While additive manufacturing (AM) may save substantial amounts in terms of material waste compared to subtractive techniques, AM is not without its own subtractive procedures, namely in the post-processing of prints. Depending on the specific 3D printing method used, there may be significant support structures that need to be removed from a print. Researchers at USC Viterbi’s Daniel J. Epstein Department of Industrial and Systems Engineering have come up with a novel way to reduce this in fused filament fabrication (FFF).

In an article for Additive Manufacturing, Yong Chen, professor of industrial and systems engineering, and PhD student Yang Xu, describe their method for a dynamically-controlled 3D printing substrate. Inspired by pin impression toys, the team created a print bed made up of a series of square washers connected to rods controlled by a single stepper motor. The rods and washers move to the necessary heights to support the object in various locations.

The team first demonstrated their technique for an arbitrary CAD model, completely replacing the need for printed support structures. For more complex geometries, printed supports were still needed. The metal squares would raise to a point and the remainder of the required support would be printed atop those metal pieces. Once the prints were complete, the researchers could easily remove the washers.

According to Chen, this method could reduce material waste by about 35 percent, which can have a significant impact particularly when it comes to more expensive feedstock.

“I work with biomedical doctors who 3-D print using biomaterials to build tissue or organs. A lot of the material they use are very expensive-we’re talking small bottles that cost between $500 to $1000 each,” Chen said. “For standard FDM printers, the materials cost is something like $50 per kilogram, but for bioprinting, it’s more like $50 per gram. So if we can save 30% on material that would have gone into printing these supports, that is a huge cost saving for 3-D printing for biomedical purposes.”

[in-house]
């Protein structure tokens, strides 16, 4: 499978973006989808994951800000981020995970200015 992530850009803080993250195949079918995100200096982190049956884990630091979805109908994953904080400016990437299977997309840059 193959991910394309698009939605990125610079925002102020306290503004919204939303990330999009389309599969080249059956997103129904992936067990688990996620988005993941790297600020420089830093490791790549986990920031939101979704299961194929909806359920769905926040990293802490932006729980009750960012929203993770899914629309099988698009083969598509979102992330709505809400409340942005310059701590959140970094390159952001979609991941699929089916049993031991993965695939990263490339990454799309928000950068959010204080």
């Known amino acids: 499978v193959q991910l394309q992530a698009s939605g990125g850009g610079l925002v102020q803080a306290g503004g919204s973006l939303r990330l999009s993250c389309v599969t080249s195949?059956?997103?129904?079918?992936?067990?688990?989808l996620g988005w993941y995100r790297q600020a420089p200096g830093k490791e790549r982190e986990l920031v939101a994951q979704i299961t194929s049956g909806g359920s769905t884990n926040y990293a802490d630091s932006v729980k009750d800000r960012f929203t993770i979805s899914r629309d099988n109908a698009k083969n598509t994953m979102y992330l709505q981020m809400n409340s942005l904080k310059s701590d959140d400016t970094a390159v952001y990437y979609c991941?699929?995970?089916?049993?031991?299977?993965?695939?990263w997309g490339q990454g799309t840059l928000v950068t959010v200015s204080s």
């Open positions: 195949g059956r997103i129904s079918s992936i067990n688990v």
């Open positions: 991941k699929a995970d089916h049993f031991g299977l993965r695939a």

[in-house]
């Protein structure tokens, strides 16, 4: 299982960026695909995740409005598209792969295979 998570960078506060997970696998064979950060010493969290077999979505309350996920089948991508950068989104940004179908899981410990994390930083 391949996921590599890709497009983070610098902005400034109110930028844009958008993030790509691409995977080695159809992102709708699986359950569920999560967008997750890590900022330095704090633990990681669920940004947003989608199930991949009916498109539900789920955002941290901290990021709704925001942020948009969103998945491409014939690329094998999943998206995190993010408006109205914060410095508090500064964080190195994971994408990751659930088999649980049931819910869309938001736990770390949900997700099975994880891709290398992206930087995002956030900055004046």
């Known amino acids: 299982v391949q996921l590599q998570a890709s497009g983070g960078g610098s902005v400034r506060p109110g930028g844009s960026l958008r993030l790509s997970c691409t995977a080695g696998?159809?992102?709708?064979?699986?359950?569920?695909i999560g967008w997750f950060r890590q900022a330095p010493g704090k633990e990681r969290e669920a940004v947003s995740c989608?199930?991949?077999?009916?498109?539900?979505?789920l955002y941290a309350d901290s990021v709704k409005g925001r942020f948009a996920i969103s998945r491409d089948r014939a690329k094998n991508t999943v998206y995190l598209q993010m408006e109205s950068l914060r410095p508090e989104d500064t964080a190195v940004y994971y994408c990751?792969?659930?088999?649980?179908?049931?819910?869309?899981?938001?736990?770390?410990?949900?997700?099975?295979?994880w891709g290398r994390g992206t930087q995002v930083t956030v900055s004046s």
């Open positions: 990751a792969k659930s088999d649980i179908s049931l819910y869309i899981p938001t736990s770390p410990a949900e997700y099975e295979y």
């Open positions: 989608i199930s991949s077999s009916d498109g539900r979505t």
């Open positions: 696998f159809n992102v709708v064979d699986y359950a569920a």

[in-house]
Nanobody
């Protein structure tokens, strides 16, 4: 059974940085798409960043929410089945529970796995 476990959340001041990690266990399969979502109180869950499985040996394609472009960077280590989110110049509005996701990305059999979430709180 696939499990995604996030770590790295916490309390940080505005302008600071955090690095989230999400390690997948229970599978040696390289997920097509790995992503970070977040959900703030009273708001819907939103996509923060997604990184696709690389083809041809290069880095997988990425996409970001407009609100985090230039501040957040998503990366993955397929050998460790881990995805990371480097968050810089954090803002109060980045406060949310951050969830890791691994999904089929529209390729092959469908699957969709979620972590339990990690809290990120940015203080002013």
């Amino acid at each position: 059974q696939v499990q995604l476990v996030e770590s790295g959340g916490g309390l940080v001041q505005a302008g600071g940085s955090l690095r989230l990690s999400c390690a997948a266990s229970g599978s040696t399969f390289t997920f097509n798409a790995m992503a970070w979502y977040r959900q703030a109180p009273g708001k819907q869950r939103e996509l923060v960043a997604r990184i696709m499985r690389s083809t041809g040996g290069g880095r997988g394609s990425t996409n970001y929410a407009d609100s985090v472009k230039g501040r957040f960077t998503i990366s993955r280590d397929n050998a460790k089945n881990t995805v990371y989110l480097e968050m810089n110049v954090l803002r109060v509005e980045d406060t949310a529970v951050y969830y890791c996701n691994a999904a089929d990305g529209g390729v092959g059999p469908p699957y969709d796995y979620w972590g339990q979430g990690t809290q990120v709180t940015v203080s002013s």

Chen also spoke to the speed savings of using reusable supports: “When you’re 3-D printing complex shapes, half of the time you are building the parts that you need, the other half of the time you’re building the supports. So, with this system, we’re not building the supports. Therefore, in terms of printing time, we have a savings of about 40%.”

While there have been similar projects in the past, they relied on individual motors, which naturally resulted in higher costs and energy use. With 100 moving pins attached to $10 motors and 25 boards to control something around 100 motors, the machine would easily cost more than $10,000.

The researchers are already examining ways that the technique could be applied to other 3D printers, such as large-scale systems like the Big Area Additive Manufacturing machine from Cincinnati Incorporated, as well as for other technologies.

“People are already building FDM printers for large size car and ship bodies, as well as for consumer products such as furniture. As you can imagine, their building times are really long — we’re talking about a whole day,” Chen said. “So if you can save half of that, your manufacturing time could be reduced to half a day. Using our approach could bring a lot of benefits for this type of 3-D printing.”